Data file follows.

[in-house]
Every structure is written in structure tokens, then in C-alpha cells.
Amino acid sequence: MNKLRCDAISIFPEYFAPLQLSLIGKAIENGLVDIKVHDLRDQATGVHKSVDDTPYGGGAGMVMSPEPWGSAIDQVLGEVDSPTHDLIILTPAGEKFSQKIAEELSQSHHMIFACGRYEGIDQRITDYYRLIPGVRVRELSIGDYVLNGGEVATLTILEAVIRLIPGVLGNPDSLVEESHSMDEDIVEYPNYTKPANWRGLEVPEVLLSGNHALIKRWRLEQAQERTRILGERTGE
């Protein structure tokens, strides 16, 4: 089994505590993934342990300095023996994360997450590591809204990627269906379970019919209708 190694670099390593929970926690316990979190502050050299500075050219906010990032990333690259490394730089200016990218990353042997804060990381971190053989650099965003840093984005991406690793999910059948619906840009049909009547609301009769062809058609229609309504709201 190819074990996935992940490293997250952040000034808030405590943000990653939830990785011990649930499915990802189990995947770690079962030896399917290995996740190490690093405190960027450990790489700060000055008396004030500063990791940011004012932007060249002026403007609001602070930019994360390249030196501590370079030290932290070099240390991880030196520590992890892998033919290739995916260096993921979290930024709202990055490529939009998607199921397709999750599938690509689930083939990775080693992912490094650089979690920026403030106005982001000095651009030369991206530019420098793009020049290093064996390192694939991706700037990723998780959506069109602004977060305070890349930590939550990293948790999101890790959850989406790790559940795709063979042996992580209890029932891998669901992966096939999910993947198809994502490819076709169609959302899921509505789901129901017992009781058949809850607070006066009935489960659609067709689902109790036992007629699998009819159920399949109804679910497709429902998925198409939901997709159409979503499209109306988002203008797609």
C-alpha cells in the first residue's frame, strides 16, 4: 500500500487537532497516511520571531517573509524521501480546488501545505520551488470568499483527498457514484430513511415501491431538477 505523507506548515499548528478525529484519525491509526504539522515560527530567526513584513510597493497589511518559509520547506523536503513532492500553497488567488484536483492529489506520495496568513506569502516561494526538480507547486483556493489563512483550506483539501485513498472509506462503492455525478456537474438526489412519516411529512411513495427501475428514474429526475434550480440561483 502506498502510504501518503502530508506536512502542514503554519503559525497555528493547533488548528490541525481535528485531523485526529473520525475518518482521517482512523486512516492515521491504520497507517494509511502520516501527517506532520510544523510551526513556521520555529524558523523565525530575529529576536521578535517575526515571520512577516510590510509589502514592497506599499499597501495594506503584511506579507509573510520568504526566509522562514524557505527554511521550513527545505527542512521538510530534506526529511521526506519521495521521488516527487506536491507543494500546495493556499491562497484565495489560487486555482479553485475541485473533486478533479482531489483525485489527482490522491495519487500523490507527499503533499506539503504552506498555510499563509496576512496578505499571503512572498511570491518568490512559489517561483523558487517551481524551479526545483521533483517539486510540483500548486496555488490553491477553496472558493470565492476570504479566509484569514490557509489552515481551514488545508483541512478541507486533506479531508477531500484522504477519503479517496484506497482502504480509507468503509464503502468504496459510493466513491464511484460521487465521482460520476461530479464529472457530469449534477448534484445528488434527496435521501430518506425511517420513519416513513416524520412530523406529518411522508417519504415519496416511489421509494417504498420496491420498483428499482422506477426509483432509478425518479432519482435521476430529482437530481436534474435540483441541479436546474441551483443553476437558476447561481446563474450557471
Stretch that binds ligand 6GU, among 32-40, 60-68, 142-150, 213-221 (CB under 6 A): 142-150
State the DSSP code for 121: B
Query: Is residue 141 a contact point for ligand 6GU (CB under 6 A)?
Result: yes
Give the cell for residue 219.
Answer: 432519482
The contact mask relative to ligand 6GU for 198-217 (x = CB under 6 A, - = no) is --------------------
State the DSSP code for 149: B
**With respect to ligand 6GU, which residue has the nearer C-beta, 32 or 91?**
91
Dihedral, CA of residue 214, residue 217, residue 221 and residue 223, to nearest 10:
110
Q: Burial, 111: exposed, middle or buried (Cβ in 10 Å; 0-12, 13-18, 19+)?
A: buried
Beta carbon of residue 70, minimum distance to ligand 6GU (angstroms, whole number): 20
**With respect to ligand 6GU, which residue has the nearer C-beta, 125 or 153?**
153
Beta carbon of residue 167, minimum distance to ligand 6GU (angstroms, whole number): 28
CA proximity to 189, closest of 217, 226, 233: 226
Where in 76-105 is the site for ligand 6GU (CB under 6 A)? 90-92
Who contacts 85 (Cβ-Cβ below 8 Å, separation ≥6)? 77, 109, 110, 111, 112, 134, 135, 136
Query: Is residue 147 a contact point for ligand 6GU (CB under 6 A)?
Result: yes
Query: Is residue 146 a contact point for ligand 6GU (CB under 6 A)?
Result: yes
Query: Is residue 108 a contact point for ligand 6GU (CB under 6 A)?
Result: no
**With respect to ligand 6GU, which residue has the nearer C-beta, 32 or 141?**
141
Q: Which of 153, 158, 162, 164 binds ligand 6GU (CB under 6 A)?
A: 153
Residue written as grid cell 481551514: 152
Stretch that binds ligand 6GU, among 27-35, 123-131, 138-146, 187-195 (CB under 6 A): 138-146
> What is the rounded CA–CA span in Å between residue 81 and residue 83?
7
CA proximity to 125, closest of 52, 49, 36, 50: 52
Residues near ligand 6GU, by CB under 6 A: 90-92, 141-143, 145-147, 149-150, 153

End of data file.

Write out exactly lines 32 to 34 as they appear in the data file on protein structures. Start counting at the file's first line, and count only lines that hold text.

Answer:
Result: no
**With respect to ligand 6GU, which residue has the nearer C-beta, 32 or 141?**
141